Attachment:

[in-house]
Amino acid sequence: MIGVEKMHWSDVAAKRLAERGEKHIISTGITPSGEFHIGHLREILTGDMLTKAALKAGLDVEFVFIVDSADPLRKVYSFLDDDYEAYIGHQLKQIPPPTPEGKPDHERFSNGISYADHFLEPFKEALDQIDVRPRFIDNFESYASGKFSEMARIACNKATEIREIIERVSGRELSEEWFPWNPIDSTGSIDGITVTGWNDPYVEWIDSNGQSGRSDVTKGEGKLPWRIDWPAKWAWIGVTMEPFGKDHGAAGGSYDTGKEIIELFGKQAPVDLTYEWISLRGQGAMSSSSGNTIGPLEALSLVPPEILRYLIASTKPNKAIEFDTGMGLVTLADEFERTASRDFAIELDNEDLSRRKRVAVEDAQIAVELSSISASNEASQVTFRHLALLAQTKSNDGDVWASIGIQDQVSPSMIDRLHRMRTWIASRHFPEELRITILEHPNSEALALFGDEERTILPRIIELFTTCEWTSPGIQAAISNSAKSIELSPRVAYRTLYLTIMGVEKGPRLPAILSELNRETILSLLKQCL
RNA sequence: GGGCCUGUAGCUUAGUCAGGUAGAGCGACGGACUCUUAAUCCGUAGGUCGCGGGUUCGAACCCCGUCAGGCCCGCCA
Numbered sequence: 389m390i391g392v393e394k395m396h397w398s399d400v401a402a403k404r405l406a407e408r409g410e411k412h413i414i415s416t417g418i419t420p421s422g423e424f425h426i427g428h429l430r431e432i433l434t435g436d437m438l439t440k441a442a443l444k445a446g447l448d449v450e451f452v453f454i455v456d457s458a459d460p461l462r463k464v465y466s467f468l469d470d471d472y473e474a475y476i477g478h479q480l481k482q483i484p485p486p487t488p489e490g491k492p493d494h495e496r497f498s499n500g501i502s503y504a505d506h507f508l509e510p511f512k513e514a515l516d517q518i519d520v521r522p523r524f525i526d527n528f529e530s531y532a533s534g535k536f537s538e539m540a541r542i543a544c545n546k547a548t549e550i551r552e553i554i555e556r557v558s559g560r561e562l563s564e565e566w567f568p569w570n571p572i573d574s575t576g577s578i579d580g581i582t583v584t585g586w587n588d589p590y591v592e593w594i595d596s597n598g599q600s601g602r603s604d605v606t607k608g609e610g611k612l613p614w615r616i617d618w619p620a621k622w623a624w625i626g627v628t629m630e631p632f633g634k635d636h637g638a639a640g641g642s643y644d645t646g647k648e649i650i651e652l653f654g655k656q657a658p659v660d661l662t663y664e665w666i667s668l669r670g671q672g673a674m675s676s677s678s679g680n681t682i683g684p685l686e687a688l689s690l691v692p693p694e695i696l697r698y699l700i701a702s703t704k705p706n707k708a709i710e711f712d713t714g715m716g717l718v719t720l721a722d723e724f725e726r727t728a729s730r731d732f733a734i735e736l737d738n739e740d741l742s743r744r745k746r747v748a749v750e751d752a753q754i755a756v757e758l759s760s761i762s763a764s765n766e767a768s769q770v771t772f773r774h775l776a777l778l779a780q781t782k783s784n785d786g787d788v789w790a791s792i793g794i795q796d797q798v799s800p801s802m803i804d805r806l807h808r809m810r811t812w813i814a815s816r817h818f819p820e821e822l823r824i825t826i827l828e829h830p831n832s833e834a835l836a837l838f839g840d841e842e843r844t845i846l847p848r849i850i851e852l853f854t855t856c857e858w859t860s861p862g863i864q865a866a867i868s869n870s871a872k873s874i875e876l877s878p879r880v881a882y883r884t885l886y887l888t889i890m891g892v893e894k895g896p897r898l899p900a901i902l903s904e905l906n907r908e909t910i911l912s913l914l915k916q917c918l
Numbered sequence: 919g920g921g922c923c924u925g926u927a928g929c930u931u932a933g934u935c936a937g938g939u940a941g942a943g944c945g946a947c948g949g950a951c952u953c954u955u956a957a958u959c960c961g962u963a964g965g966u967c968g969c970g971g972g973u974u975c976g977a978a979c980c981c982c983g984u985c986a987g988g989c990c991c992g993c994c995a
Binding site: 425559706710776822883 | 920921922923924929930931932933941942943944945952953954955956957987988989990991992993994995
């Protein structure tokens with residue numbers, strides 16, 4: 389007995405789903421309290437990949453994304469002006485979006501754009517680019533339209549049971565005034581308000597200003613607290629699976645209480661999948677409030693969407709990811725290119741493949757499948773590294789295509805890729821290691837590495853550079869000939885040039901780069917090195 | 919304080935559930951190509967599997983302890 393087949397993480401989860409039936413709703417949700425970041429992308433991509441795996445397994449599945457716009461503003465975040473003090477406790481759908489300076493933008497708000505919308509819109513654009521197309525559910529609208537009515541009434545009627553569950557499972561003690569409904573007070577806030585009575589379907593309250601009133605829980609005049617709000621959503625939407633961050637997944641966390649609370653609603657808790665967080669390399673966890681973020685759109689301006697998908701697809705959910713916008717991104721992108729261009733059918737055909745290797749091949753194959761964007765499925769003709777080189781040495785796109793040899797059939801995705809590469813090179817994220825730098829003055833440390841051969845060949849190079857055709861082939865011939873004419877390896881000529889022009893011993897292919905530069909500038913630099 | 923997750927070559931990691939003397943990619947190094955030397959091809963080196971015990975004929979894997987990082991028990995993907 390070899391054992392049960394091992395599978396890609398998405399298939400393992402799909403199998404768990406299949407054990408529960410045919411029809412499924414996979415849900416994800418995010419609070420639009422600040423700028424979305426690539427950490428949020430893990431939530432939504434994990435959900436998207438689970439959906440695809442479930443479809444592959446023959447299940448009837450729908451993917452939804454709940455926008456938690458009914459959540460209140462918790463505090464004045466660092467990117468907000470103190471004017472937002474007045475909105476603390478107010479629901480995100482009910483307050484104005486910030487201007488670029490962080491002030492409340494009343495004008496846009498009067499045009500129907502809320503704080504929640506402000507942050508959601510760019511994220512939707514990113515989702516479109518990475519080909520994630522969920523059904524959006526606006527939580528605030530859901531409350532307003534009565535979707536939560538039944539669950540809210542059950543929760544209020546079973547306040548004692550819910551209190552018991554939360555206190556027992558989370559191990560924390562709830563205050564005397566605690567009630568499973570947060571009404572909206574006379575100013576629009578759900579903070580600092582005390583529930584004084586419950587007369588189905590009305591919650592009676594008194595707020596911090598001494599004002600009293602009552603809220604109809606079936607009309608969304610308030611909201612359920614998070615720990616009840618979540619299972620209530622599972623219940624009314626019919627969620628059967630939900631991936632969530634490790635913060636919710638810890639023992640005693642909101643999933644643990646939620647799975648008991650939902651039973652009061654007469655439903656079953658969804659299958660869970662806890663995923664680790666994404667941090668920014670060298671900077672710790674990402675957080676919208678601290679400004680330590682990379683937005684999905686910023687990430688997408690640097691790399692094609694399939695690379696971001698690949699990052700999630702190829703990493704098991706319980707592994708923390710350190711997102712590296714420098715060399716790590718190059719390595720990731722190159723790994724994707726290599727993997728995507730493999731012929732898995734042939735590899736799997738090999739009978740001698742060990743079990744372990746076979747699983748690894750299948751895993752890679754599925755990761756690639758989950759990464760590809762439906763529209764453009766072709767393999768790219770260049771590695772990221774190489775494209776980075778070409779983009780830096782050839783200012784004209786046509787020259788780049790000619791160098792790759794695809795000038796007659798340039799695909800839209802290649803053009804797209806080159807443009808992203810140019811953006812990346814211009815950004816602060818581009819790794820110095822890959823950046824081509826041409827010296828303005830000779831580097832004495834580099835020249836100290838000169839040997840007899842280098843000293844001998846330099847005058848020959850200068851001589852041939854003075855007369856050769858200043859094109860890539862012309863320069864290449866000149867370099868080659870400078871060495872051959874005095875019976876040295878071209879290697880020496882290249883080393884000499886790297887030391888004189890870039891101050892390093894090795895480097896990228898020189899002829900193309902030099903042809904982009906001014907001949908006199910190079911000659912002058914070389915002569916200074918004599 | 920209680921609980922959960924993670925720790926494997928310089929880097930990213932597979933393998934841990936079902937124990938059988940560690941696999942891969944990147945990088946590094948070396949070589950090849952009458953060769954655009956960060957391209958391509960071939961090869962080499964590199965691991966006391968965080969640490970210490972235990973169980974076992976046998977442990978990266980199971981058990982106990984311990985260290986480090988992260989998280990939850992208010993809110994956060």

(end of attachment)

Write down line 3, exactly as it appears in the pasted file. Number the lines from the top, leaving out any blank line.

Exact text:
RNA sequence: GGGCCUGUAGCUUAGUCAGGUAGAGCGACGGACUCUUAAUCCGUAGGUCGCGGGUUCGAACCCCGUCAGGCCCGCCA